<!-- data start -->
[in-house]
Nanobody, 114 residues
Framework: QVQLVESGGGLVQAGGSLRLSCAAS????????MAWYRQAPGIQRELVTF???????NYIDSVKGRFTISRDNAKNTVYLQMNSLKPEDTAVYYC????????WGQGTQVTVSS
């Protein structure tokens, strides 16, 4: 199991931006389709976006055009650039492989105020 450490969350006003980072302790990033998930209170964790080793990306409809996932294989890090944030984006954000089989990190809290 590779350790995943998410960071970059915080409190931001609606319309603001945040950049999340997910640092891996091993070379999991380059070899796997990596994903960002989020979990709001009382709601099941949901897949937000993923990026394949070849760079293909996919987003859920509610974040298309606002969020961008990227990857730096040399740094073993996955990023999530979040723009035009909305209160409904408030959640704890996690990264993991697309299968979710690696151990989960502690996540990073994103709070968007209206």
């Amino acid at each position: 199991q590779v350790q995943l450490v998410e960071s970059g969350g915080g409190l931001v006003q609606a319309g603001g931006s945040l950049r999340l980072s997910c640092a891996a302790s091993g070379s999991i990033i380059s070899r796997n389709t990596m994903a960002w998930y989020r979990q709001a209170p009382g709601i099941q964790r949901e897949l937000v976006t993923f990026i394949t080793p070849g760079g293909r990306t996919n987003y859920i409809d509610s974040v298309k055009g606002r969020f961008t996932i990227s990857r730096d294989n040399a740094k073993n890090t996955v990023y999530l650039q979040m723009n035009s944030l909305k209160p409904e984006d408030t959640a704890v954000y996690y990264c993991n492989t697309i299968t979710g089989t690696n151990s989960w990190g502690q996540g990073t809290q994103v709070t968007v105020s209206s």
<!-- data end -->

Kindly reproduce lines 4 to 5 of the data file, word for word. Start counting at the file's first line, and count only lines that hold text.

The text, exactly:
């Protein structure tokens, strides 16, 4: 199991931006389709976006055009650039492989105020 450490969350006003980072302790990033998930209170964790080793990306409809996932294989890090944030984006954000089989990190809290 590779350790995943998410960071970059915080409190931001609606319309603001945040950049999340997910640092891996091993070379999991380059070899796997990596994903960002989020979990709001009382709601099941949901897949937000993923990026394949070849760079293909996919987003859920509610974040298309606002969020961008990227990857730096040399740094073993996955990023999530979040723009035009909305209160409904408030959640704890996690990264993991697309299968979710690696151990989960502690996540990073994103709070968007209206």
């Amino acid at each position: 199991q590779v350790q995943l450490v998410e960071s970059g969350g915080g409190l931001v006003q609606a319309g603001g931006s945040l950049r999340l980072s997910c640092a891996a302790s091993g070379s999991i990033i380059s070899r796997n389709t990596m994903a960002w998930y989020r979990q709001a209170p009382g709601i099941q964790r949901e897949l937000v976006t993923f990026i394949t080793p070849g760079g293909r990306t996919n987003y859920i409809d509610s974040v298309k055009g606002r969020f961008t996932i990227s990857r730096d294989n040399a740094k073993n890090t996955v990023y999530l650039q979040m723009n035009s944030l909305k209160p409904e984006d408030t959640a704890v954000y996690y990264c993991n492989t697309i299968t979710g089989t690696n151990s989960w990190g502690q996540g990073t809290q994103v709070t968007v105020s209206s």